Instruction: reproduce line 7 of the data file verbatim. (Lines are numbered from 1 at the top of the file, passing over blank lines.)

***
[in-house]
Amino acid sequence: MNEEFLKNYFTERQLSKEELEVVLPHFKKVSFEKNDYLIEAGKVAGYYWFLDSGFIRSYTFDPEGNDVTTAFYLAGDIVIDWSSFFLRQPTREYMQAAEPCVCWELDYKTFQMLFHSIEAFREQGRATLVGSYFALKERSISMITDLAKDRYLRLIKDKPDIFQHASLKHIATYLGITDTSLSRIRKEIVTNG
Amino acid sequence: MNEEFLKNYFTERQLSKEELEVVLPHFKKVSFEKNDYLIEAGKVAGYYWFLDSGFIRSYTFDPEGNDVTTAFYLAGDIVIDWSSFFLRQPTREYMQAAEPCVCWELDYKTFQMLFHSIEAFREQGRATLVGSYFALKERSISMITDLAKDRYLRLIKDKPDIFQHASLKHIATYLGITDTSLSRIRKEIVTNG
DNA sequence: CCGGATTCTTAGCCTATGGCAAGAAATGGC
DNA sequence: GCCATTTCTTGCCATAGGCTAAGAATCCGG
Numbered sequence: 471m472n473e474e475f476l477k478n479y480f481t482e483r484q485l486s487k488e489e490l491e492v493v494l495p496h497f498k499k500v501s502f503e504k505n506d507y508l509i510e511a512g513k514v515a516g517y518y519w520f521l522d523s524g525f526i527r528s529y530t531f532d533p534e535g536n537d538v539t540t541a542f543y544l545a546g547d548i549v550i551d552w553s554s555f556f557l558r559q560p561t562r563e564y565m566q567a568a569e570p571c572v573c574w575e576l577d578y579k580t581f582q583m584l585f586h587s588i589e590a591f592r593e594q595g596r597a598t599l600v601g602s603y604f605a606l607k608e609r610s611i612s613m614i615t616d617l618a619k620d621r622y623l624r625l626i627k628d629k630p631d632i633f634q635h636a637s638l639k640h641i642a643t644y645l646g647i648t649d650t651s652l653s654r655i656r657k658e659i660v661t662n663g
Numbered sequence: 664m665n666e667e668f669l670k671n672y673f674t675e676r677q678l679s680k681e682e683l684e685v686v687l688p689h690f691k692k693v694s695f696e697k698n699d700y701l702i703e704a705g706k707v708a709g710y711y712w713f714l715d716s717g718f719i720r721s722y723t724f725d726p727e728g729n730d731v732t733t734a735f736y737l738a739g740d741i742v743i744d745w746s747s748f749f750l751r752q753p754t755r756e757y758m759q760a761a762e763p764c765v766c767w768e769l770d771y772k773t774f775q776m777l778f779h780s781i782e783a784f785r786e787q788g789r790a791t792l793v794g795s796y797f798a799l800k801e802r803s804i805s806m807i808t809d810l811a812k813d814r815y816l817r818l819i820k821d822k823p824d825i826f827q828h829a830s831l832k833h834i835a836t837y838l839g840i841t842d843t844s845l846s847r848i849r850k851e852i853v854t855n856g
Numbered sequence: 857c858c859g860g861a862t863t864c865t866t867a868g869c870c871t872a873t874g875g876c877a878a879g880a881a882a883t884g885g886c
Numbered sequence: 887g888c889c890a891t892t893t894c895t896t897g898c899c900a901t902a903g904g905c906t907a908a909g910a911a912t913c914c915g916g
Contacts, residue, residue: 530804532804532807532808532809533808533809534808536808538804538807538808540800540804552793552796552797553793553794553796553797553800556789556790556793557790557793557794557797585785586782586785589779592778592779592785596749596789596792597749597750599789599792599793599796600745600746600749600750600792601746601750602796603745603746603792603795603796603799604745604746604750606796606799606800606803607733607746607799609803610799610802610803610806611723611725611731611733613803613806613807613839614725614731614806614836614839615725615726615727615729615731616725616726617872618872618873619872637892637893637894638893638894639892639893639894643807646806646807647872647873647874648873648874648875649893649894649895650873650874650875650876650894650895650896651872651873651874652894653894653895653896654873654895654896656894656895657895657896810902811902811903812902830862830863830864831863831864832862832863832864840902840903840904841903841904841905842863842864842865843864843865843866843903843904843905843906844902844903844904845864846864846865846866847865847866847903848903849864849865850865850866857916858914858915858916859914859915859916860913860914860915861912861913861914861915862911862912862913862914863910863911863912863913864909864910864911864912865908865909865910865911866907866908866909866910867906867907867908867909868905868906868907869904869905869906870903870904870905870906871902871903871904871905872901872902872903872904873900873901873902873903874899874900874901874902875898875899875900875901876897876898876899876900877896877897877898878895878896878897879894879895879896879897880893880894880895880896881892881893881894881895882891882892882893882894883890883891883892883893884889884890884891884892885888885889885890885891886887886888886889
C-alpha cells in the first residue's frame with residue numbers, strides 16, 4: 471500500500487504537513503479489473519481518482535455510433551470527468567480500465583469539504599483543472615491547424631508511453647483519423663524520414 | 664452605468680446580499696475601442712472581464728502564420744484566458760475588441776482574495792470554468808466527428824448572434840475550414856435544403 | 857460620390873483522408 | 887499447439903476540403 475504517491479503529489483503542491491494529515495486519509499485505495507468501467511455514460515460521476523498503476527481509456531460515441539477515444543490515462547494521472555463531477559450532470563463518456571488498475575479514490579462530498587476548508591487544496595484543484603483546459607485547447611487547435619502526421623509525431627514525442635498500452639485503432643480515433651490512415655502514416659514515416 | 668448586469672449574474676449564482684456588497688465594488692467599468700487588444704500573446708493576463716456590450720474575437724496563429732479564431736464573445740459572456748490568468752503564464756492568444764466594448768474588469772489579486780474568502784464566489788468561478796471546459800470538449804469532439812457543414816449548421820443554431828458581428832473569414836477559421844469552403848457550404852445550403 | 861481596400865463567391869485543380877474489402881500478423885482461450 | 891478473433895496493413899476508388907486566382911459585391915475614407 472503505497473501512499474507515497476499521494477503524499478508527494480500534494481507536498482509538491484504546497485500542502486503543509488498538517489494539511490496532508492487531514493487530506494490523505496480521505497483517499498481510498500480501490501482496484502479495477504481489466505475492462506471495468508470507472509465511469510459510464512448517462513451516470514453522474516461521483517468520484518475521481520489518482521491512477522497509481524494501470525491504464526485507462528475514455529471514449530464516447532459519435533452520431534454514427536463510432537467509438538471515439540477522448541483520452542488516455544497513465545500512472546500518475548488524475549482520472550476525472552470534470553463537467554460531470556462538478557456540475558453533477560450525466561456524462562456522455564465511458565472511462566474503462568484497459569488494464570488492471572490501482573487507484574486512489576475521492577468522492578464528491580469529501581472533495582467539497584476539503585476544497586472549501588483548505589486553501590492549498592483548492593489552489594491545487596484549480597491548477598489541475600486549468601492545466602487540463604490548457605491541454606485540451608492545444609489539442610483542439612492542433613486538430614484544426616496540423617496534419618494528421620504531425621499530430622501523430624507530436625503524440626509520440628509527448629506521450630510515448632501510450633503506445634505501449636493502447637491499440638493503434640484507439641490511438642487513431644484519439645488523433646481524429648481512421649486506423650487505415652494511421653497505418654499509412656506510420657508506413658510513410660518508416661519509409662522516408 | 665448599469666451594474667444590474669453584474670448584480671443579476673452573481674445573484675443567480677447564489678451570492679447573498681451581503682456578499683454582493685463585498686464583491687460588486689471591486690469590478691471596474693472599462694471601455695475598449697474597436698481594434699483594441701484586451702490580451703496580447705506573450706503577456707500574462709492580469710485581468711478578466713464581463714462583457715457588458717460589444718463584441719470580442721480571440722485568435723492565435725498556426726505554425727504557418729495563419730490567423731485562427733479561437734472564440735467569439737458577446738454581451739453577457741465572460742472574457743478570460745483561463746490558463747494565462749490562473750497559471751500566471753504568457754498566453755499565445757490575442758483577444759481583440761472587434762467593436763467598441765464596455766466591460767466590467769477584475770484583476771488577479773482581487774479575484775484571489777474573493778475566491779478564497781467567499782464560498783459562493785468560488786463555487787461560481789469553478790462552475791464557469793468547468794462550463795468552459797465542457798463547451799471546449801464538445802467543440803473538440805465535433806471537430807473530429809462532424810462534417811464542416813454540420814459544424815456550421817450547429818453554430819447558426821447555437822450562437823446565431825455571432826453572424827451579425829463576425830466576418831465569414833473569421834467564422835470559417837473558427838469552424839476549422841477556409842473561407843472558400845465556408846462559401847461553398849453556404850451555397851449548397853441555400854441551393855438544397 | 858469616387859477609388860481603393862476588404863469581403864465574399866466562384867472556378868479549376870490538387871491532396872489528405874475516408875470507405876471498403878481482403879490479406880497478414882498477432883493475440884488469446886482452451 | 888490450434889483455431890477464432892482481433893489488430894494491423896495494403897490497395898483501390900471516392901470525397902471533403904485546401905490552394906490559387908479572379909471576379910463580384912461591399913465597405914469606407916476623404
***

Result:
Numbered sequence: 664m665n666e667e668f669l670k671n672y673f674t675e676r677q678l679s680k681e682e683l684e685v686v687l688p689h690f691k692k693v694s695f696e697k698n699d700y701l702i703e704a705g706k707v708a709g710y711y712w713f714l715d716s717g718f719i720r721s722y723t724f725d726p727e728g729n730d731v732t733t734a735f736y737l738a739g740d741i742v743i744d745w746s747s748f749f750l751r752q753p754t755r756e757y758m759q760a761a762e763p764c765v766c767w768e769l770d771y772k773t774f775q776m777l778f779h780s781i782e783a784f785r786e787q788g789r790a791t792l793v794g795s796y797f798a799l800k801e802r803s804i805s806m807i808t809d810l811a812k813d814r815y816l817r818l819i820k821d822k823p824d825i826f827q828h829a830s831l832k833h834i835a836t837y838l839g840i841t842d843t844s845l846s847r848i849r850k851e852i853v854t855n856g